Definition of fan

This is to direct the cue ball by barely contacting an object ball.
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24 Random Essential Billiards Terms

Pronounced "No-Rango". A norengo refers to what should be an easy straight in shot where the object ball is usually very close to the pocket. But the shooter strikes the ball harder than they should and the result is the object ball rattling out of the pocket and a missed shot.
Also see Lorengo.
A combination shot, where hitting the first ball rubs it against the center connecting line of two frozen object balls throwing the second out.
This is the portion of the butt of your cue just below the handle or wrap. This portion of the cue is made separately and often times cored out to ensure the proper weight balance within the full length of the cue. This portion of the cue is usually made with exotic wood that matches the wood in the forearm or in the points on the forearm. This section is used to highlight the design of the forearm, sometimes a re-creation, a reverse, or a rendition of the same pattern on a smaller scale.
The useless but common practice of contorting one's body while a shot is in play, usually in the direction one wishes a ball or balls to travel, as if in the vain hope that this will influence the balls' trajectories; the term is considered humorous.
A stroking technique in which a player releases his gripping hand briefly and re-grasps the cue farther back on the butt just before hitting the cue ball.
When a ball is given as a handicap it often must be called (generally tacit). A wild handicap means the ball can be made in any manner specifically without being called.
In the carom games, any shot where the end result is all the balls near each other; ideally, in position for the start of a nurse on the next stroke.
A ball hanging over the edge of a pocket.
Same as center spot.
Also known as Free-stroking. This is slang for when a player begins to play untroubled and relaxed because they have built up a substantial lead.
Having the cue ball stop precisely where intended.
Having the cue ball stop at or near the center of the table on a forceful break shot (the breaking ideal in many games such as nine-ball);
Hitting the object ball with not enough of a cut angle; hitting the object ball too full or "fat". It is a well-known maxim that overcutting is preferable to undercutting. See also professional side of the pocket.
This is a simple method of gambling where bets are determined between each game instead of playing matches.
A multi-game division of a match, as used in some league and tournament formats. For example, in a match between 2 teams of 5 players each, a 25-game match might be divided into 5 rounds of 5 games each, in which the roster of one team moves one line down at the beginning of each round, such that by the end of the match every player on team A has played every player on team B in round robin fashion.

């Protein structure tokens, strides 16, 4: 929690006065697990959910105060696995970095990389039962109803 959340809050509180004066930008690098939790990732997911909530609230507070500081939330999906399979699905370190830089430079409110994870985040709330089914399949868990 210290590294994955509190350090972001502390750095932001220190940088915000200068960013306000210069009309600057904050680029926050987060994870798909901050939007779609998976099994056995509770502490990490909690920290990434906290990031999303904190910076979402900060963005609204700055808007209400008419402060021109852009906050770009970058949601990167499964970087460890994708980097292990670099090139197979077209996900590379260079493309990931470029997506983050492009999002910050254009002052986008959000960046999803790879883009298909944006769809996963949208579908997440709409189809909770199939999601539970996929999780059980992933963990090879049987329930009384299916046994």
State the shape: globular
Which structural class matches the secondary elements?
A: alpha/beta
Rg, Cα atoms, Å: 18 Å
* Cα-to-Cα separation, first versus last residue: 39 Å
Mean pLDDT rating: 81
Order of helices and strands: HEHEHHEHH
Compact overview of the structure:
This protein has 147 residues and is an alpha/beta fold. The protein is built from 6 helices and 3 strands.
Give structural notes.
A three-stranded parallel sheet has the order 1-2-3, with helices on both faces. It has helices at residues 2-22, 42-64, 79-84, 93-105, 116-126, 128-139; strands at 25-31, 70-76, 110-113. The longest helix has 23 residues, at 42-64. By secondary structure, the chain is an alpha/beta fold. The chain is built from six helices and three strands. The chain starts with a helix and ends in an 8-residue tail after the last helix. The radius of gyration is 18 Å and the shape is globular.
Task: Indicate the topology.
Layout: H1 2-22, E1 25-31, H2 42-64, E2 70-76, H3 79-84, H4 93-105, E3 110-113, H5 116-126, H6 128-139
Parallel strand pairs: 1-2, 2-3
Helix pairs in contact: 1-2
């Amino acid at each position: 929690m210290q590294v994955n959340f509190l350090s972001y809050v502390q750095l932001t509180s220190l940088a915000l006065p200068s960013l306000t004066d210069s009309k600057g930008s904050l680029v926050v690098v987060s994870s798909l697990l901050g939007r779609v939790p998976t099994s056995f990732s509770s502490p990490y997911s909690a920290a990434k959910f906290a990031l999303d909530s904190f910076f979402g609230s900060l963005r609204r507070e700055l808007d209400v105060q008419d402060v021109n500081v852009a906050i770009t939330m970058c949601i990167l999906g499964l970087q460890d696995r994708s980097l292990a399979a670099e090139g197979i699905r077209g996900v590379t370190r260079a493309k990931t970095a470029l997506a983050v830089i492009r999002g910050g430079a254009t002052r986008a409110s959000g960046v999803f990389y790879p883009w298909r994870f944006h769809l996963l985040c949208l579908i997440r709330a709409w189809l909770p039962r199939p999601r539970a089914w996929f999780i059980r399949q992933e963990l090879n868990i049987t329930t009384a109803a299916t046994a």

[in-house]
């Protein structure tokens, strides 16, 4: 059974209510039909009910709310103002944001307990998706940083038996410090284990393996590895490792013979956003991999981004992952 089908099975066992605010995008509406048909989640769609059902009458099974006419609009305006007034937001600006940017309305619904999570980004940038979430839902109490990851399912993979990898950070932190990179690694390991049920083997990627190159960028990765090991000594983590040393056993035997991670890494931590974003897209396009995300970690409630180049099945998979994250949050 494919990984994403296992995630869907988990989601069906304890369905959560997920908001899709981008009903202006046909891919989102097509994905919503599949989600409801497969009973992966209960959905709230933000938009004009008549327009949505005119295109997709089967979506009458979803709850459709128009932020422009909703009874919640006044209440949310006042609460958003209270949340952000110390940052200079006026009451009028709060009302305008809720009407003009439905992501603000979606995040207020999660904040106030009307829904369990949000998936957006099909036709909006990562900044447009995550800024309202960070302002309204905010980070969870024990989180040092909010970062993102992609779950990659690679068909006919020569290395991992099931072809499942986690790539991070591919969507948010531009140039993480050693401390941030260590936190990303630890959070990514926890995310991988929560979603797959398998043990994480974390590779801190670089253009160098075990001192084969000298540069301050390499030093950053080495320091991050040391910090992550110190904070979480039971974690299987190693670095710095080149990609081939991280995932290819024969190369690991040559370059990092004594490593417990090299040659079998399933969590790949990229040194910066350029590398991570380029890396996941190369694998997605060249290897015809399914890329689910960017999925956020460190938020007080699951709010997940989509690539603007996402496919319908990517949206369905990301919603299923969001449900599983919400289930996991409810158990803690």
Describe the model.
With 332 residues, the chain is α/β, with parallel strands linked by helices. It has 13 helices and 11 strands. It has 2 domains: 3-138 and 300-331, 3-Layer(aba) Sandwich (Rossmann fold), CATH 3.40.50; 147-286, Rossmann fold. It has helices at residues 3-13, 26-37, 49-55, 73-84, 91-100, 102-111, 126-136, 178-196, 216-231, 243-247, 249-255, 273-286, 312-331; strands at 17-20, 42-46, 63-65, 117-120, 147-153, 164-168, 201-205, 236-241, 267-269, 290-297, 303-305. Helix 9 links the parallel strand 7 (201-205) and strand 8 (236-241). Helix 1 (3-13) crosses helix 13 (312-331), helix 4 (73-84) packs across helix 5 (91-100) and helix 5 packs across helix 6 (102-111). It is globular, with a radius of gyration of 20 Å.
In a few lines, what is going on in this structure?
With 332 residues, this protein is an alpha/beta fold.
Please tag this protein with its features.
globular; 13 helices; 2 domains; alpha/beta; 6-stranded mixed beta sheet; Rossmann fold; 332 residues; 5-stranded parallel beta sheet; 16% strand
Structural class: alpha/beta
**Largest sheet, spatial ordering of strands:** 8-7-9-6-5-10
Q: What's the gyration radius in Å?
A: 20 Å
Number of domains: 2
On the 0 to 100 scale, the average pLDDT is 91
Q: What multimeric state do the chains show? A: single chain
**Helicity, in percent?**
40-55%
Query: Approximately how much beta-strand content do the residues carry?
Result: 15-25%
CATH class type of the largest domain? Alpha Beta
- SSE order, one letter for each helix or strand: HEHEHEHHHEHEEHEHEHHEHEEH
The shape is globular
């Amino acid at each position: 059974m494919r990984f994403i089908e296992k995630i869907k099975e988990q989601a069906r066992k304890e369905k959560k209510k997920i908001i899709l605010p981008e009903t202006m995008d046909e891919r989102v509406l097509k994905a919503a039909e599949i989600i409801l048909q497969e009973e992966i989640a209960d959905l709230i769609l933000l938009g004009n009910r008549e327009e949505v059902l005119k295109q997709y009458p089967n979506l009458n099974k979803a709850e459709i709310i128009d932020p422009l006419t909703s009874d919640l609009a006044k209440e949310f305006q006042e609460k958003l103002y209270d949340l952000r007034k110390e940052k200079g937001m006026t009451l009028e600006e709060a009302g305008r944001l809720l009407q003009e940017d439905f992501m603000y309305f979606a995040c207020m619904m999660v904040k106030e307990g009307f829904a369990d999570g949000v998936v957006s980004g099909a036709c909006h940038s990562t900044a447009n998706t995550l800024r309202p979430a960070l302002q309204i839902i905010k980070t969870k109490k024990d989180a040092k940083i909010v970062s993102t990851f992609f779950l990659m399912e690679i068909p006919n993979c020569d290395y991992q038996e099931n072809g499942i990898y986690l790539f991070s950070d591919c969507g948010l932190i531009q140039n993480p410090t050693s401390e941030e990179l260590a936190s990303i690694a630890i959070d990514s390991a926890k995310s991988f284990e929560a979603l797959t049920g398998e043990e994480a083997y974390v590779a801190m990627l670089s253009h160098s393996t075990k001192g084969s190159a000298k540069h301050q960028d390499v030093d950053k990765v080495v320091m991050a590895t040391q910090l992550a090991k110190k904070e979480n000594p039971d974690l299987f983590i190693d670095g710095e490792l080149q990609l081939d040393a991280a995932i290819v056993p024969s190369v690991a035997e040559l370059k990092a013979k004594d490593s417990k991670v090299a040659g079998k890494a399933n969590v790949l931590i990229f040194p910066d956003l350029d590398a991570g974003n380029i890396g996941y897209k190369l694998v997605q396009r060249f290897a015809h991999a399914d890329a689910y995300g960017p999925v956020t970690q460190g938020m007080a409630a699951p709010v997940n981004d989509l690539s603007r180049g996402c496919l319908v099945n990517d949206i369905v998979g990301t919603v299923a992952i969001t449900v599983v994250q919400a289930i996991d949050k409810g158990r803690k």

A level of competition elimination in a tournament, such as the quarterfinal round, semifinal round and final round.
This is a game played with the same balls and similar scoring methods of carom, but with pockets on the table, and more scoring opportunities awarded when certain balls are sunk in combination.
Principally British: In snooker, if a player wins all of the required frames in a match without conceding a frame to their opponent - for example, if a player wins a best-of-nine-frame match with a score of 5-0 - this is referred to as a "whitewash". This term is based on a similar term used in the card game of "patience" in the UK. However, it is not used in the context of a 1-0 winning scoreline in a match consisting of a single frame.
A situation where the cue ball is directly in front of another ball in the line of the shot such that the player is hampered by it, having to bridge over it awkwardly with the likelihood of a foul looming if the object ball is inadvertently touched.
See overcut.
This term refers to a foul in snooker golf.
Chiefly British: The rail at the Top of the table. Compare foot rail; contrast Bottom rail.
To play for money and lull a victim into thinking they can win, prompting them to accept higher and higher stakes, until beating them and walking off with more money than they would have been willing to bet had they been beaten soundly in the beginning. The terms hustler, for one who hustles, and hustling, describing the act, are just as common if not more so than this verb form.
When complete focus allows you to execute quality billiards play with simplicity and seeming ease.
The forward rotation of the cue ball that results from a follow shot. Also known as top spin or top, follow is applied to the cue ball by hitting it above its equator, causing it to spin more rapidly in the direction of travel than it would simply by rolling on the cloth from a center-ball hit. Follow speeds the cue ball up, and widens both the carom angle after contact with an object ball, and angle of reflection off a cushion.
Sometimes interchangeable with scratch, though the latter is often used only to refer to the foul of pocketing the cue ball. A violation of a particular game's rules for which a set penalty is imposed.